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Q&A #6497 |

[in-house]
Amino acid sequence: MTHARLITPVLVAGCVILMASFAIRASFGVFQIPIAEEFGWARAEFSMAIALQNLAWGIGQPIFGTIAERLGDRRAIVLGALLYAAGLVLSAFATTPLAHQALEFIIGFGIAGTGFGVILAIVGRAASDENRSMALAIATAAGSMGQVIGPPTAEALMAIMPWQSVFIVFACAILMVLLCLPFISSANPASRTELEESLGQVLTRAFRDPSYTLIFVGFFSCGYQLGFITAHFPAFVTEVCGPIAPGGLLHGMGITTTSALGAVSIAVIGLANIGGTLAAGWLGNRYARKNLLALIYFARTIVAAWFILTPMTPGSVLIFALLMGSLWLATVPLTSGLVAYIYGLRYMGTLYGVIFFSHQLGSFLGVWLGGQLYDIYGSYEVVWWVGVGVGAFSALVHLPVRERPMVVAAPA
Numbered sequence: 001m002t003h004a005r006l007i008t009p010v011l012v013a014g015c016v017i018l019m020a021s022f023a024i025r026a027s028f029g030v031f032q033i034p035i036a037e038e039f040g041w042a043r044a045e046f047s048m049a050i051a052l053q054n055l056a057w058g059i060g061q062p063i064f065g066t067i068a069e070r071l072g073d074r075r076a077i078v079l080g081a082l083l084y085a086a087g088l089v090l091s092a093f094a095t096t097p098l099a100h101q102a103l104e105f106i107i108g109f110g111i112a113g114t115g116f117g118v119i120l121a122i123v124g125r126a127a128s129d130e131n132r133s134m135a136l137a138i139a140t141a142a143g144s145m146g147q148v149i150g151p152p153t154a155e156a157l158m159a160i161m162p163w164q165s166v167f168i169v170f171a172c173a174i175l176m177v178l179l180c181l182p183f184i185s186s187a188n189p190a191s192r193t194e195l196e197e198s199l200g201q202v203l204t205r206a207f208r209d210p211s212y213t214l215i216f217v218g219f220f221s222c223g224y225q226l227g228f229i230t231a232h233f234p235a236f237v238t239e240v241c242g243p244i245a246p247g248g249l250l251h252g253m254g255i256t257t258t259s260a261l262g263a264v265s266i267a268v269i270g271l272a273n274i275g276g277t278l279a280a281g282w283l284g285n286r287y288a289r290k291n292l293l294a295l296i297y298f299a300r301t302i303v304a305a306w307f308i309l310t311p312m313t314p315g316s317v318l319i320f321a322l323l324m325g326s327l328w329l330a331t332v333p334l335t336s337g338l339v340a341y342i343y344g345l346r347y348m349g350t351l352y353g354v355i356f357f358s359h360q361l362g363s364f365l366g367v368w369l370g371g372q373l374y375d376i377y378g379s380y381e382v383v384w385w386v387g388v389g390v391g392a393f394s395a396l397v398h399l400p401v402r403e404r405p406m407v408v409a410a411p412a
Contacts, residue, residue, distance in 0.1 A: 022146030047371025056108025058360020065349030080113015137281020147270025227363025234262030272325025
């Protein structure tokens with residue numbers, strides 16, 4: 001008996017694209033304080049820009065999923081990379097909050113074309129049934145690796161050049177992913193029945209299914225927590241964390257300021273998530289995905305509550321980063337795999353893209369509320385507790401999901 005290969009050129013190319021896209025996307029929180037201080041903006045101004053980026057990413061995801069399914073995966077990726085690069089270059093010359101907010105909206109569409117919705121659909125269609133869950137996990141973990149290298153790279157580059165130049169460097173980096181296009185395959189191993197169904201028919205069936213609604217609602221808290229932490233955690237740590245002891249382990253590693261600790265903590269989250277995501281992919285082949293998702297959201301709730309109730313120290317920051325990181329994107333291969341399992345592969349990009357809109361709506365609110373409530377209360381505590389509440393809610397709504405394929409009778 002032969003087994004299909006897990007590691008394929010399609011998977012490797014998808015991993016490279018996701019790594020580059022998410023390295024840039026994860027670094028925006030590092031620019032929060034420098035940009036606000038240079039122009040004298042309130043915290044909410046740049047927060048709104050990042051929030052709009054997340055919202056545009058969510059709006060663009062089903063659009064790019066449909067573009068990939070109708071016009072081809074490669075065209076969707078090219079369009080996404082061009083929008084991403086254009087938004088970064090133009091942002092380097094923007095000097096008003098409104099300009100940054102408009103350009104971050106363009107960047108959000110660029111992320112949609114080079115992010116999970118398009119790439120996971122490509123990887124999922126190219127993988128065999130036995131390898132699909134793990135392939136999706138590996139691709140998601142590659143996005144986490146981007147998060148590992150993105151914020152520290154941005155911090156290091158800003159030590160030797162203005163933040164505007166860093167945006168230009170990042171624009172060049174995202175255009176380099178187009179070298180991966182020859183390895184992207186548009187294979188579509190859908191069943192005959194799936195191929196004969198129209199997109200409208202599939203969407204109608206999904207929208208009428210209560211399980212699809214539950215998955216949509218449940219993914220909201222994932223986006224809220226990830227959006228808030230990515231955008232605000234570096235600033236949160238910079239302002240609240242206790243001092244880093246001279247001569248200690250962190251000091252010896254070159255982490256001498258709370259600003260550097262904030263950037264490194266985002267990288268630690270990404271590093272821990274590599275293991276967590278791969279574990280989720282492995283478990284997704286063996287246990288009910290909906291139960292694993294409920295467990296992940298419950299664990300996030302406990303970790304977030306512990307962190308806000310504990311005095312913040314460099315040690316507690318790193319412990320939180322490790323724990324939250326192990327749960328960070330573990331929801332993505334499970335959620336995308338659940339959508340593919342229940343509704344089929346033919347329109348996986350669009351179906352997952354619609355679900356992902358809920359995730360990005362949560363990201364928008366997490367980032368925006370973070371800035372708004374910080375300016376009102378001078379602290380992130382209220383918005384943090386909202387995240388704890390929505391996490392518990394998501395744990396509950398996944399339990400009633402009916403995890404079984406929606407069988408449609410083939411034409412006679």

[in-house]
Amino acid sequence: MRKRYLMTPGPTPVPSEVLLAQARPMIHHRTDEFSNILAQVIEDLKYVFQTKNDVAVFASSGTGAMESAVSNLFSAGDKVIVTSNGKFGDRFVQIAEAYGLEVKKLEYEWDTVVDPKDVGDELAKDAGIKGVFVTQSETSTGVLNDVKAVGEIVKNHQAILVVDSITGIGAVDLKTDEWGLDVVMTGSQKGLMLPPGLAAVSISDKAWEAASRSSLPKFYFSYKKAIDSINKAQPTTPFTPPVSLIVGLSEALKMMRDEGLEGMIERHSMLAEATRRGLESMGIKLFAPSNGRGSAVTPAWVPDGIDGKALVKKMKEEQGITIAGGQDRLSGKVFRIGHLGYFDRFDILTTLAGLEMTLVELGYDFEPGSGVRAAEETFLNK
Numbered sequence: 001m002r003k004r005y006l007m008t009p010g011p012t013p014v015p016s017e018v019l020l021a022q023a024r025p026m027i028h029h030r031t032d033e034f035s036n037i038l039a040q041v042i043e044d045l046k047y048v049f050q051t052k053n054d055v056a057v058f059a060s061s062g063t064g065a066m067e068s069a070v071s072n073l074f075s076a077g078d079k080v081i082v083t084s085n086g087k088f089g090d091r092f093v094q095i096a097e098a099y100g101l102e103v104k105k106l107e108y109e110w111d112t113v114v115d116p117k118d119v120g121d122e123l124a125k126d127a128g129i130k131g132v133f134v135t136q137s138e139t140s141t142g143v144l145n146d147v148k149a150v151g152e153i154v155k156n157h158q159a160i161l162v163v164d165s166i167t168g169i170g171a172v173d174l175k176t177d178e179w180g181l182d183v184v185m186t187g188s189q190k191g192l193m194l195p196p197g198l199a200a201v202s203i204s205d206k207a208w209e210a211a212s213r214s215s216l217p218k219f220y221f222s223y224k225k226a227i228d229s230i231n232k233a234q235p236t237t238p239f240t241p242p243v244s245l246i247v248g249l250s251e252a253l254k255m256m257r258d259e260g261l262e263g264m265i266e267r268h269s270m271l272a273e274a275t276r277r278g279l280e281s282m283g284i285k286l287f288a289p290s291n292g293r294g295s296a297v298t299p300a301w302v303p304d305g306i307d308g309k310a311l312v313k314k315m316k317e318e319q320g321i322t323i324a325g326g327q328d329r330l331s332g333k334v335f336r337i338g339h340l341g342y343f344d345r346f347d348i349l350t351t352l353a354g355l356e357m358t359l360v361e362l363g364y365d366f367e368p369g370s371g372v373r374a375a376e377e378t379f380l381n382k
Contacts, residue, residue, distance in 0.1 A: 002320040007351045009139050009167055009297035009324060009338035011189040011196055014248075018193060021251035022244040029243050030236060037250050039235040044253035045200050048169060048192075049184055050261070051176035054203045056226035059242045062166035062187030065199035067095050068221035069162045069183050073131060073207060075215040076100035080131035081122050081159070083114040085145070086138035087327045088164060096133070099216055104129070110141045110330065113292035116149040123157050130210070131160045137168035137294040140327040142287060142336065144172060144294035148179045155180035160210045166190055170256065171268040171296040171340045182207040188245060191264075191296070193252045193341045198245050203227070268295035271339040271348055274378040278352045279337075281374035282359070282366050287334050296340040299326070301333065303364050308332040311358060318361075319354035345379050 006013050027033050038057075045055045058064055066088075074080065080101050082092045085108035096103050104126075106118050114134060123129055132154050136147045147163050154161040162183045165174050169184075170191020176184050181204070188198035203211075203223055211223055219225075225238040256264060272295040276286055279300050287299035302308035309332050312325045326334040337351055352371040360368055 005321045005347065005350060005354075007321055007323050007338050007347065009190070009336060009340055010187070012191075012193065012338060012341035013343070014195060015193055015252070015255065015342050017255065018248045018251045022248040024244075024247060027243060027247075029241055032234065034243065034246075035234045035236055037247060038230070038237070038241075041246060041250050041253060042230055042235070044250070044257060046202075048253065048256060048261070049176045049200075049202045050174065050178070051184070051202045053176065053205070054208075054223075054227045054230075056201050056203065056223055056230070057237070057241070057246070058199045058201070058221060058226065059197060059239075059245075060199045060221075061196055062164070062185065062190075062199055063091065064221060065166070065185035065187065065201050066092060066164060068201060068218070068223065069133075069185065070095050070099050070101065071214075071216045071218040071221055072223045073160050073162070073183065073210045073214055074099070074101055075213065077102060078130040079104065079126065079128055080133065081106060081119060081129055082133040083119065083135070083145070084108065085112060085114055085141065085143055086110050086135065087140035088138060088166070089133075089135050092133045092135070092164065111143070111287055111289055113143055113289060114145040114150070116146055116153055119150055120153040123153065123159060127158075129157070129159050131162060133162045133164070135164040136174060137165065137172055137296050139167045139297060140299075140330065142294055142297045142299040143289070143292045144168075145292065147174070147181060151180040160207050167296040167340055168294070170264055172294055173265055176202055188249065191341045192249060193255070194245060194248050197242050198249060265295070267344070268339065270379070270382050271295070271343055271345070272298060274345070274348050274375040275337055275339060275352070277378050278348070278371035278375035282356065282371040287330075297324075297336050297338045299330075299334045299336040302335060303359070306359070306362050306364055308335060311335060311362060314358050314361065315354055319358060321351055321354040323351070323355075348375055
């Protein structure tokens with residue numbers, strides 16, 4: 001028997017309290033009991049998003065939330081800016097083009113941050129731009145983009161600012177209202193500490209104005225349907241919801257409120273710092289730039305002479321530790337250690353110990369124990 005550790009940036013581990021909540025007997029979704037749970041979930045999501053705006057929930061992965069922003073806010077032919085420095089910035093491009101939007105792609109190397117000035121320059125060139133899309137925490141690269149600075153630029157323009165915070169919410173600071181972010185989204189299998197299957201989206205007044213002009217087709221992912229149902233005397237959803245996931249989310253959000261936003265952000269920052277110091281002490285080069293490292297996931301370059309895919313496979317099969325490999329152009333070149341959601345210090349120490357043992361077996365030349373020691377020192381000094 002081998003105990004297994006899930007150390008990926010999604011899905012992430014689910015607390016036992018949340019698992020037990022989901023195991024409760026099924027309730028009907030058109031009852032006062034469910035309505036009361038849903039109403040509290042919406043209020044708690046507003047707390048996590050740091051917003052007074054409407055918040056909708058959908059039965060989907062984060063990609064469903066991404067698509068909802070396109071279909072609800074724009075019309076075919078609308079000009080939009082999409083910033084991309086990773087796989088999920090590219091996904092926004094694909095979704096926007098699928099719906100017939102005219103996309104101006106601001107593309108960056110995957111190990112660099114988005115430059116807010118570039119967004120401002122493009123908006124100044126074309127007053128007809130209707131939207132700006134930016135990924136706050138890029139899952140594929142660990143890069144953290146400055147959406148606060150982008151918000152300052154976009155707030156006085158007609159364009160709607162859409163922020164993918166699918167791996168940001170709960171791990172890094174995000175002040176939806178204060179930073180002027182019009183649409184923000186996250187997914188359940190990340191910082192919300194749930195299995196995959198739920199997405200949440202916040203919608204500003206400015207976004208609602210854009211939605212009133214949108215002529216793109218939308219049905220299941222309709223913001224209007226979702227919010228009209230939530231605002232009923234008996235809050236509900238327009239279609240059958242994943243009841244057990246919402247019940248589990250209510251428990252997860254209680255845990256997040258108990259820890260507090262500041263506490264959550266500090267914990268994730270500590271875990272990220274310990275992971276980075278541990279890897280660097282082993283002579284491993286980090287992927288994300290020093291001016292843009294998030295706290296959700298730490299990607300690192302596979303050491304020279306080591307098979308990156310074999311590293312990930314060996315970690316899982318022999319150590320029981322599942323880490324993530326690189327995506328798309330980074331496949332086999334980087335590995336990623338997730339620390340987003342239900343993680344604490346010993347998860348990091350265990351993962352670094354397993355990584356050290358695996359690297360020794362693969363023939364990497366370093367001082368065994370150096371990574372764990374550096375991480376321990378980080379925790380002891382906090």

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Dear Shannon, Well, the good news is that with the vast majority of the students passing the multiple choice portion of the test, it would seem that they have sufficient content knowledge to do well on the test (or else they are REALLY lucky guessers :) I don't believe the poor performance on the open response part of the test is necessarily a confidence issue. We're finding again and again that students seem to have a great deal of difficulty "talking" (or writing) mathematics, even when they "know" the math. Part of this difficulty likely stems from the fact that, until recently, students often weren't asked to or expected to "explain" their answers or reasoning, and the focus was on "the answer". With attention shifting to asking students to explore, explain, interpret, etc. as well as "getting the answer", it's not uncommon for students to struggle at first. Although there's no "easy" answer to your question, ONE way to get students doing better on the open-response type of questions is to give them many more opportunities to formulate explanations to the problems that they are solving. One very good resource for ideas in this regard is available from the National Council of Teachers of Mathematics (NCTM)-you can check it out by going to the NCTM website: http://www.nctm.org and clicking on their publications catalog. The book is entitled Mathematics Assessment: A Practical handbook for Grades 6-8. You mentioned that students had more trouble with "easier" problems, which sounded like they were "computation" based. If that's the case, an excellent book that has many investigations in number, complete with samples of student responses, etc. is a book called "It All Adds Up", by Penny Skinner. It is available from Math Solutions Publications--you can find the information at their website: http://www.mathsolutions.com and clicking on Publications. Good luck! -Ralph, for the T2T service
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